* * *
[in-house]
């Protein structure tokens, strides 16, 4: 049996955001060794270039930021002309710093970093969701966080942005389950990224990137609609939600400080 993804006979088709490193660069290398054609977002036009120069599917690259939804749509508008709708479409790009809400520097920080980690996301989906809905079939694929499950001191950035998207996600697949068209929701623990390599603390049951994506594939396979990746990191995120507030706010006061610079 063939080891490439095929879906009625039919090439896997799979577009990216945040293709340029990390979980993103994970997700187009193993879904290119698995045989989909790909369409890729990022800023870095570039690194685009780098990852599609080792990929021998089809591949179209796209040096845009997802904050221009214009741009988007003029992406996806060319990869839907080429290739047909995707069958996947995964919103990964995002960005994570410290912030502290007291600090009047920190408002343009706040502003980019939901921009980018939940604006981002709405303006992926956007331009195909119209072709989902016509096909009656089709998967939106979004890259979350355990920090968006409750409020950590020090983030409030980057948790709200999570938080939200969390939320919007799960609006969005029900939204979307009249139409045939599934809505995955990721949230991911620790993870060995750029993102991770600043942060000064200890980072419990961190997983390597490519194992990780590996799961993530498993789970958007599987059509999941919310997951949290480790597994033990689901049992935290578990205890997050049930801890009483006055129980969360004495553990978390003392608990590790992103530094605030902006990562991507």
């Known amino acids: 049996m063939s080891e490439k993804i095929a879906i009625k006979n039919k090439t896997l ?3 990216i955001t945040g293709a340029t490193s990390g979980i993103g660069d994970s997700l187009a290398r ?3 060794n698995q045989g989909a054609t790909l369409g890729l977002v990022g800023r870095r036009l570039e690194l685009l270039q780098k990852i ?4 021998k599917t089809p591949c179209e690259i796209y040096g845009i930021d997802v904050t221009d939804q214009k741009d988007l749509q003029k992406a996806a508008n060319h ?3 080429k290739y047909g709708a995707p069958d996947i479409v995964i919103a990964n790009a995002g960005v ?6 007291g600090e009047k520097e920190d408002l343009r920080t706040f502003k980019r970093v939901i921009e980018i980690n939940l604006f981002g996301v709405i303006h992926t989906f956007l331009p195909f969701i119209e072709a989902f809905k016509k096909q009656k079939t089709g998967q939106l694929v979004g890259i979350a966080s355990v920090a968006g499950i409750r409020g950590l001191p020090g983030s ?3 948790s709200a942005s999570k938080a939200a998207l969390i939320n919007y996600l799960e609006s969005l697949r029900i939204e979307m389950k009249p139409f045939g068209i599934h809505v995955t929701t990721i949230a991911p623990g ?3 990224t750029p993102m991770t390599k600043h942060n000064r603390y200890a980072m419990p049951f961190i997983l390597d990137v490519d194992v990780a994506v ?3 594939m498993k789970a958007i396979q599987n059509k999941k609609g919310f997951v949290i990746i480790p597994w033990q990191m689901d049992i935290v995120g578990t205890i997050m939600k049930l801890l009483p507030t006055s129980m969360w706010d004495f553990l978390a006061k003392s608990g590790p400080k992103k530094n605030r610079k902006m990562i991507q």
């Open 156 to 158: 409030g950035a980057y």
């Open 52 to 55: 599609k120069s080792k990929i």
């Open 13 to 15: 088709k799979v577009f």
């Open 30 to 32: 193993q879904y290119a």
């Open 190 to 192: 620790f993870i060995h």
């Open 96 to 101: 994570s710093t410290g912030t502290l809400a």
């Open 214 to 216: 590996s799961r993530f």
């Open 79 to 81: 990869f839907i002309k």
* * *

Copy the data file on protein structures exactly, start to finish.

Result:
[in-house]
């Protein structure tokens, strides 16, 4: 049996955001060794270039930021002309710093970093969701966080942005389950990224990137609609939600400080 993804006979088709490193660069290398054609977002036009120069599917690259939804749509508008709708479409790009809400520097920080980690996301989906809905079939694929499950001191950035998207996600697949068209929701623990390599603390049951994506594939396979990746990191995120507030706010006061610079 063939080891490439095929879906009625039919090439896997799979577009990216945040293709340029990390979980993103994970997700187009193993879904290119698995045989989909790909369409890729990022800023870095570039690194685009780098990852599609080792990929021998089809591949179209796209040096845009997802904050221009214009741009988007003029992406996806060319990869839907080429290739047909995707069958996947995964919103990964995002960005994570410290912030502290007291600090009047920190408002343009706040502003980019939901921009980018939940604006981002709405303006992926956007331009195909119209072709989902016509096909009656089709998967939106979004890259979350355990920090968006409750409020950590020090983030409030980057948790709200999570938080939200969390939320919007799960609006969005029900939204979307009249139409045939599934809505995955990721949230991911620790993870060995750029993102991770600043942060000064200890980072419990961190997983390597490519194992990780590996799961993530498993789970958007599987059509999941919310997951949290480790597994033990689901049992935290578990205890997050049930801890009483006055129980969360004495553990978390003392608990590790992103530094605030902006990562991507």
């Known amino acids: 049996m063939s080891e490439k993804i095929a879906i009625k006979n039919k090439t896997l ?3 990216i955001t945040g293709a340029t490193s990390g979980i993103g660069d994970s997700l187009a290398r ?3 060794n698995q045989g989909a054609t790909l369409g890729l977002v990022g800023r870095r036009l570039e690194l685009l270039q780098k990852i ?4 021998k599917t089809p591949c179209e690259i796209y040096g845009i930021d997802v904050t221009d939804q214009k741009d988007l749509q003029k992406a996806a508008n060319h ?3 080429k290739y047909g709708a995707p069958d996947i479409v995964i919103a990964n790009a995002g960005v ?6 007291g600090e009047k520097e920190d408002l343009r920080t706040f502003k980019r970093v939901i921009e980018i980690n939940l604006f981002g996301v709405i303006h992926t989906f956007l331009p195909f969701i119209e072709a989902f809905k016509k096909q009656k079939t089709g998967q939106l694929v979004g890259i979350a966080s355990v920090a968006g499950i409750r409020g950590l001191p020090g983030s ?3 948790s709200a942005s999570k938080a939200a998207l969390i939320n919007y996600l799960e609006s969005l697949r029900i939204e979307m389950k009249p139409f045939g068209i599934h809505v995955t929701t990721i949230a991911p623990g ?3 990224t750029p993102m991770t390599k600043h942060n000064r603390y200890a980072m419990p049951f961190i997983l390597d990137v490519d194992v990780a994506v ?3 594939m498993k789970a958007i396979q599987n059509k999941k609609g919310f997951v949290i990746i480790p597994w033990q990191m689901d049992i935290v995120g578990t205890i997050m939600k049930l801890l009483p507030t006055s129980m969360w706010d004495f553990l978390a006061k003392s608990g590790p400080k992103k530094n605030r610079k902006m990562i991507q």
């Open 156 to 158: 409030g950035a980057y």
């Open 52 to 55: 599609k120069s080792k990929i």
């Open 13 to 15: 088709k799979v577009f």
């Open 30 to 32: 193993q879904y290119a």
């Open 190 to 192: 620790f993870i060995h």
């Open 96 to 101: 994570s710093t410290g912030t502290l809400a």
């Open 214 to 216: 590996s799961r993530f």
């Open 79 to 81: 990869f839907i002309k």